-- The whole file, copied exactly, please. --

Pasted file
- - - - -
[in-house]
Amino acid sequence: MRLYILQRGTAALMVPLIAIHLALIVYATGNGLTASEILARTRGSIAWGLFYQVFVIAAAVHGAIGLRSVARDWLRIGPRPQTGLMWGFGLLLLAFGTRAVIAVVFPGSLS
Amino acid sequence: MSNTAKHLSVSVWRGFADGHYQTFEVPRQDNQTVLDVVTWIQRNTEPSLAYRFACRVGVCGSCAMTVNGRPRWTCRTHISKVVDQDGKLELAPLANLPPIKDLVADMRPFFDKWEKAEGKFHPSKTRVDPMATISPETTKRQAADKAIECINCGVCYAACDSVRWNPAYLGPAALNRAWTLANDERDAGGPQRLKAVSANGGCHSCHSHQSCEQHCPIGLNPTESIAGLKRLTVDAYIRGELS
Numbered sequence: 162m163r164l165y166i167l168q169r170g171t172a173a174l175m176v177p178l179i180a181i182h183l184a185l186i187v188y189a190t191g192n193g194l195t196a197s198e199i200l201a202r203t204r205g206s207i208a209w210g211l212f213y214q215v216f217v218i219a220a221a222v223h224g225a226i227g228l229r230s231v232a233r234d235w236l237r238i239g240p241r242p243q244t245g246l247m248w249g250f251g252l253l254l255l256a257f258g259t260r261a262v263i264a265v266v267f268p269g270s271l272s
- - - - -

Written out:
[in-house]
Amino acid sequence: MRLYILQRGTAALMVPLIAIHLALIVYATGNGLTASEILARTRGSIAWGLFYQVFVIAAAVHGAIGLRSVARDWLRIGPRPQTGLMWGFGLLLLAFGTRAVIAVVFPGSLS
Amino acid sequence: MSNTAKHLSVSVWRGFADGHYQTFEVPRQDNQTVLDVVTWIQRNTEPSLAYRFACRVGVCGSCAMTVNGRPRWTCRTHISKVVDQDGKLELAPLANLPPIKDLVADMRPFFDKWEKAEGKFHPSKTRVDPMATISPETTKRQAADKAIECINCGVCYAACDSVRWNPAYLGPAALNRAWTLANDERDAGGPQRLKAVSANGGCHSCHSHQSCEQHCPIGLNPTESIAGLKRLTVDAYIRGELS
Numbered sequence: 162m163r164l165y166i167l168q169r170g171t172a173a174l175m176v177p178l179i180a181i182h183l184a185l186i187v188y189a190t191g192n193g194l195t196a197s198e199i200l201a202r203t204r205g206s207i208a209w210g211l212f213y214q215v216f217v218i219a220a221a222v223h224g225a226i227g228l229r230s231v232a233r234d235w236l237r238i239g240p241r242p243q244t245g246l247m248w249g250f251g252l253l254l255l256a257f258g259t260r261a262v263i264a265v266v267f268p269g270s271l272s